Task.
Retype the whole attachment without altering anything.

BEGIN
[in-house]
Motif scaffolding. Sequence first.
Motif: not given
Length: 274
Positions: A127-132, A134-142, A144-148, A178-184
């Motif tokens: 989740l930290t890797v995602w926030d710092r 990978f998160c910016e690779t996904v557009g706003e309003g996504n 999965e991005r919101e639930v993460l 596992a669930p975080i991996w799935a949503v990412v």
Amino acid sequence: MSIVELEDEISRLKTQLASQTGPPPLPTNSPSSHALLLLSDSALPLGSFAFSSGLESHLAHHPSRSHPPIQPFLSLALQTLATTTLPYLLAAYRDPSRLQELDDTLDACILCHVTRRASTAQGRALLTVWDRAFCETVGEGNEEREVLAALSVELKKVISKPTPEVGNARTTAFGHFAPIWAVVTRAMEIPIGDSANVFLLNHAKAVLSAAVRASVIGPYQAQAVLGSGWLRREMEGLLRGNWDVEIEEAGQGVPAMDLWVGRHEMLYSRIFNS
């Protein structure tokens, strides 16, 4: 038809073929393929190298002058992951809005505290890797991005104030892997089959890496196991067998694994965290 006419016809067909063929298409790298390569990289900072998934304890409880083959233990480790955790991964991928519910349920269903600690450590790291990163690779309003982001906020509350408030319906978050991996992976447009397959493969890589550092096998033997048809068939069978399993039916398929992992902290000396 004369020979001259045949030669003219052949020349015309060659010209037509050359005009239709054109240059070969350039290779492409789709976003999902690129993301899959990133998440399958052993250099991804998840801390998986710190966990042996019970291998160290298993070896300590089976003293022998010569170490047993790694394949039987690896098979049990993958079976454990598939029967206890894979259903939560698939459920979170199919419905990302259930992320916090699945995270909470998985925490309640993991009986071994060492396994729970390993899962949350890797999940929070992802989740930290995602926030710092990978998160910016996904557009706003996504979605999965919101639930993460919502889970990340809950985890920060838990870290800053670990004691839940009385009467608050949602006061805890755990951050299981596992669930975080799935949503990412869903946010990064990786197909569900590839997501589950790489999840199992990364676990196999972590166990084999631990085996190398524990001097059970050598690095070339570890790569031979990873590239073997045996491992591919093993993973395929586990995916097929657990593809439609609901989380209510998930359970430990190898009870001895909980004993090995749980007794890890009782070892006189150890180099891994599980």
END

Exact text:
[in-house]
Motif scaffolding. Sequence first.
Motif: not given
Length: 274
Positions: A127-132, A134-142, A144-148, A178-184
């Motif tokens: 989740l930290t890797v995602w926030d710092r 990978f998160c910016e690779t996904v557009g706003e309003g996504n 999965e991005r919101e639930v993460l 596992a669930p975080i991996w799935a949503v990412v």
Amino acid sequence: MSIVELEDEISRLKTQLASQTGPPPLPTNSPSSHALLLLSDSALPLGSFAFSSGLESHLAHHPSRSHPPIQPFLSLALQTLATTTLPYLLAAYRDPSRLQELDDTLDACILCHVTRRASTAQGRALLTVWDRAFCETVGEGNEEREVLAALSVELKKVISKPTPEVGNARTTAFGHFAPIWAVVTRAMEIPIGDSANVFLLNHAKAVLSAAVRASVIGPYQAQAVLGSGWLRREMEGLLRGNWDVEIEEAGQGVPAMDLWVGRHEMLYSRIFNS
């Protein structure tokens, strides 16, 4: 038809073929393929190298002058992951809005505290890797991005104030892997089959890496196991067998694994965290 006419016809067909063929298409790298390569990289900072998934304890409880083959233990480790955790991964991928519910349920269903600690450590790291990163690779309003982001906020509350408030319906978050991996992976447009397959493969890589550092096998033997048809068939069978399993039916398929992992902290000396 004369020979001259045949030669003219052949020349015309060659010209037509050359005009239709054109240059070969350039290779492409789709976003999902690129993301899959990133998440399958052993250099991804998840801390998986710190966990042996019970291998160290298993070896300590089976003293022998010569170490047993790694394949039987690896098979049990993958079976454990598939029967206890894979259903939560698939459920979170199919419905990302259930992320916090699945995270909470998985925490309640993991009986071994060492396994729970390993899962949350890797999940929070992802989740930290995602926030710092990978998160910016996904557009706003996504979605999965919101639930993460919502889970990340809950985890920060838990870290800053670990004691839940009385009467608050949602006061805890755990951050299981596992669930975080799935949503990412869903946010990064990786197909569900590839997501589950790489999840199992990364676990196999972590166990084999631990085996190398524990001097059970050598690095070339570890790569031979990873590239073997045996491992591919093993993973395929586990995916097929657990593809439609609901989380209510998930359970430990190898009870001895909980004993090995749980007794890890009782070892006189150890180099891994599980």